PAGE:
Two well-established downstream effectors of EGFR are the mitogen-activated protein kinase (MAPK) and phosphatidylinositol 3-kinase (PI3K) signaling pathways (see Figure 1). Mutations in these signaling pathways are commonly seen in CRC and include activating mutations in KRAS, NRAS, BRAF and MEK1 in the MAPK pathway, and in PIK3CA, which includes the catalytic subunit of PI3K, and AKT1, the key downstream effector of PI3K, in the PI3K pathway. Reported frequencies of mutations in these genes in mCRC patients are approximately 40% for KRAS, 20% for PIK3CA, 5% for BRAF, 2% for NRAS, and 1% for AKT1 [46]. The value of MAPK mutations in predicting clinical benefit from anti-EGFR antibodies in mCRC is now well-established [7], making mutation testing part of current routine clinical care. Mutations of the MAPK and PI3K signaling pathways may also predict worse outcome independent of anti-EGFR antibody treatment [8, 9].

Schematic of MAPK (RAS/RAF/MEK) and PI3K (PIK3CA, AKT1) signaling pathways downstream of EGFR.

Figure 1: Schematic of MAPK (RAS/RAF/MEK) and PI3K (PIK3CA, AKT1) signaling pathways downstream of EGFR. Although pathways run in parallel there is cross-talk and feedback as well.

Y90 radioembolization (RE) is widely used as a salvage therapy for unresectable, chemorefractory colorectal liver metastases (CLM)[1012]. A multicenter phase II clinical trial found that RE produced an objective response or disease stabilization in patients with advanced unresectable and chemorefractory mCRC and demonstrated a significant survival benefit for responders vs non-responders [13]. Response to RE in chemorefractory mCRC is quite variable and difficult to predict [1416]. In a recent study, investigators demonstrated KRAS mutation status as an independent poor prognostic factor for overall survival after RE [17]. But patients with KRAS mutant mCRC have increased lung, brain, and bone metastases [18, 19], so it is unclear if this result is just a reflection of more aggressive and advanced disease in these patients.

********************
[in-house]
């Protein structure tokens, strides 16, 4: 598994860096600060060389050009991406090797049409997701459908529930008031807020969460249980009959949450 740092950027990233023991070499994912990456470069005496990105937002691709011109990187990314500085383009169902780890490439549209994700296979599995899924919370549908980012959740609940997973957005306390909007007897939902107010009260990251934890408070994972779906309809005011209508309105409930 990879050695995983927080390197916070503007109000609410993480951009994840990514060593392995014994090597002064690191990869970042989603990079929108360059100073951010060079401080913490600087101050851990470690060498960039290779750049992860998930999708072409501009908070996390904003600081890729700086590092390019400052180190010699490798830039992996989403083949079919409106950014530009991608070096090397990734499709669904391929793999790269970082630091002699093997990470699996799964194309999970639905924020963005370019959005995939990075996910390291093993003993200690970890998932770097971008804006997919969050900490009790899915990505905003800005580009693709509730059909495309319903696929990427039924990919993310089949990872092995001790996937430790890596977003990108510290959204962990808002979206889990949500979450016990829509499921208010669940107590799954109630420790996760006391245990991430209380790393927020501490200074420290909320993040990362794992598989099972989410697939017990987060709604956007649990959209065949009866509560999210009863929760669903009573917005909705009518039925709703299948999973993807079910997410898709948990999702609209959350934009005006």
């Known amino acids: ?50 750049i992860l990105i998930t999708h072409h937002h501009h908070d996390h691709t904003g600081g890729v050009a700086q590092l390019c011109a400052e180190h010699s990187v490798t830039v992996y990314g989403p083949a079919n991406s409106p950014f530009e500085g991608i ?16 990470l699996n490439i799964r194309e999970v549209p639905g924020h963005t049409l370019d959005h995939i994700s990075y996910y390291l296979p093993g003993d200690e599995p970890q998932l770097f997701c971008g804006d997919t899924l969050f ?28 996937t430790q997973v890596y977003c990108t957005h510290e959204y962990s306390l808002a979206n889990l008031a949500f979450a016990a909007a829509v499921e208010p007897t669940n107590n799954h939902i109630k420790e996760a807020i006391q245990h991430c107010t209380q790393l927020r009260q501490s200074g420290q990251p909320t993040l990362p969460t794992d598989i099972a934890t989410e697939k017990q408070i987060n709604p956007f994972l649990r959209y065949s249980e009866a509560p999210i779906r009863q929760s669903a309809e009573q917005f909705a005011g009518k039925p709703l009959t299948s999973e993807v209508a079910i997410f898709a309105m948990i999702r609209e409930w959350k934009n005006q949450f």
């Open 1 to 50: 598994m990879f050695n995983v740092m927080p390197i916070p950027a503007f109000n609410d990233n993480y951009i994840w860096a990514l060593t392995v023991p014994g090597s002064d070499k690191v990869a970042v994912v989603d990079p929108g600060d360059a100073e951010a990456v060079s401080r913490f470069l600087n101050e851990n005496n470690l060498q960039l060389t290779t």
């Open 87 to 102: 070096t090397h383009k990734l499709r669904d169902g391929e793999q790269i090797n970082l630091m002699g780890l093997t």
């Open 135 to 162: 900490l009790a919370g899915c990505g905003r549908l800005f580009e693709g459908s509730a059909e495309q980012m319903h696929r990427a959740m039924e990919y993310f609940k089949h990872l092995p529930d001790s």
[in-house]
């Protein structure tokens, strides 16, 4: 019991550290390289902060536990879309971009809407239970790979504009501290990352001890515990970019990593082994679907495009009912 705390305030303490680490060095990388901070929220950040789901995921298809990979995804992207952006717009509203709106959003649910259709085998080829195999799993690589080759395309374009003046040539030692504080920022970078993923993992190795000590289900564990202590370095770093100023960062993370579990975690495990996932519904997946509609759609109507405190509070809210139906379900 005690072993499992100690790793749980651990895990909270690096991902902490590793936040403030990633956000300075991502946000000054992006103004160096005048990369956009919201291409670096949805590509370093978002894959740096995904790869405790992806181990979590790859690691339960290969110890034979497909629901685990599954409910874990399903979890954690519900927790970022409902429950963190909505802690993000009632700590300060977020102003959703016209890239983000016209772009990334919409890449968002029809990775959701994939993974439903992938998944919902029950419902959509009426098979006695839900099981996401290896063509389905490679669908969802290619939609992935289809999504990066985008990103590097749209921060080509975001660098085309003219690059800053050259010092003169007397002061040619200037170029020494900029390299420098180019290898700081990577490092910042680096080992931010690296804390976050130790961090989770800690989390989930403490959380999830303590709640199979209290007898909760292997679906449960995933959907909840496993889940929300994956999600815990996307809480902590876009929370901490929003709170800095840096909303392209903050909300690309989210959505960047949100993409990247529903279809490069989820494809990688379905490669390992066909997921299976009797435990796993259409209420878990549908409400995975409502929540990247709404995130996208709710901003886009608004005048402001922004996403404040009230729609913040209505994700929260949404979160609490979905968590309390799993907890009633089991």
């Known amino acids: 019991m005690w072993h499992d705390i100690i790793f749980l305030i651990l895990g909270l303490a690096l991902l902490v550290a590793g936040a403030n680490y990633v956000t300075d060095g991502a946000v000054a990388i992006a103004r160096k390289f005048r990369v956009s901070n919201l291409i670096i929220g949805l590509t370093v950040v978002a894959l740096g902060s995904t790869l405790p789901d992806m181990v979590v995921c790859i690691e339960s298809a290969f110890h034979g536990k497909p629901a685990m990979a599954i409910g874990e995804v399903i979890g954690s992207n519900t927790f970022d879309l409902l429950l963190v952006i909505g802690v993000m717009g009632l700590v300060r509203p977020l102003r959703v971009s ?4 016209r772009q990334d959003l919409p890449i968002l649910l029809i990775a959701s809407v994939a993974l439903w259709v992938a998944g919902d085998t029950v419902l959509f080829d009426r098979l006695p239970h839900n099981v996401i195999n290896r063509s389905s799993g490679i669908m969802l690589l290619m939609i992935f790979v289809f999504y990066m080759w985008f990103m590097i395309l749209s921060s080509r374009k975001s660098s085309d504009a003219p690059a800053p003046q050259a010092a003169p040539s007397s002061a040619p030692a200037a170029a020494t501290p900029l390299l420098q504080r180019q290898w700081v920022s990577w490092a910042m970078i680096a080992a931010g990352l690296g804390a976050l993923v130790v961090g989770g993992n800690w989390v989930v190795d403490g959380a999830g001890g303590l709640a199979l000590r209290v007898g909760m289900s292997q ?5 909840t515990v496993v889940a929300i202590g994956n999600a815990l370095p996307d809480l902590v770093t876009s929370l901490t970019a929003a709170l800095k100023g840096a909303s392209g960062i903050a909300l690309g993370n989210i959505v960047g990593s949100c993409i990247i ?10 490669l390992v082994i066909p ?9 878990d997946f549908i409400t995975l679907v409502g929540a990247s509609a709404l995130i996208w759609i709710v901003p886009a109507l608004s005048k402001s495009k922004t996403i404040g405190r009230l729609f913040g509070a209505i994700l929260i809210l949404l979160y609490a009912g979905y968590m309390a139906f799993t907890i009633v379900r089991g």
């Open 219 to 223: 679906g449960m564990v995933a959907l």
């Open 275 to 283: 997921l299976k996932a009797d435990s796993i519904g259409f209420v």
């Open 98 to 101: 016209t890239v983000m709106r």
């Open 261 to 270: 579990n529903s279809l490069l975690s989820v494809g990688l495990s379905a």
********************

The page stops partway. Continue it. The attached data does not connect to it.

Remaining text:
Radiation resistance and sensitivity in relation to the MAPK and PI3K signaling pathways have been investigated in the radiation oncology literature. For example, tumors with KRAS mutations may be less likely to demonstrate pathologic complete response to chemoradiation [20]. Selective inhibition of the PI3K signaling pathway has been shown to increase radio-sensitivity of human carcinoma cell lines [21]. The effect of mutations in the MAPK and PI3K signaling pathway genes on tumor response to RE remains unknown. The purpose of this retrospective study was to evaluate the effect of MAPK and PI3K pathway mutation status on tumor response to salvage RE in patients with heavily pretreated CLM.


Patient and tumor characteristics are summarized in Table 1. There were 40 patients with median age 60 years (range 33-82), 23 men and 17 women, 28 ECOG=0 and 12 ECOG=1 or 2. There were 19 patients who had undergone prior hepatic resection, and 24 patients who had received hepatic arterial infusion pump therapy. All patients had been treated with first line chemotherapy and 36 patients had been treated with second line chemotherapy. 20 patients received a VEGF inhibitor (bevacizumab) and 16 patients received an EGFR inhibitor (cetuximab or panitumumab). The mean tumor volume was 281 cm3 (range, 6-1790 cm3), the mean size of the largest lesion was 4.9 cm (range, 1.6-15 cm) and the mean pretreatment CEA was 1032 (range, 3-23938). There were 22 patients with >3 tumors and 18 patients with ≤ 3 tumors. There were 9 (22.5%) patients who reached stasis during radioembolization and for which dose delivery was not completed (accounting for total technical success of 77.5%).

Table 1: Patient, treatment, and tumor characteristics

Patient Characteristic

All patients (n=40)

Median age, years (range)

60 (33-82)



23 (57.5%)


17 (42.5%)



28 (70%)


12 (30%)


19 (47.5%)

anti-EGFR antibody

16 (40%)


20 (50%)

HAI Pump

24 (60%)

Tumor Volume cm3 (range)

281 (6-1790)

Largest lesion cm (range)

4.9 (1.6-15)

Number of lesions

 ≤ 3

18 (45%)

 > 3

22 (55%)

CEA (range)

1032 (3-23938)

Glass beads

15 (37.5%)


9 (22.5%)





16 (40%)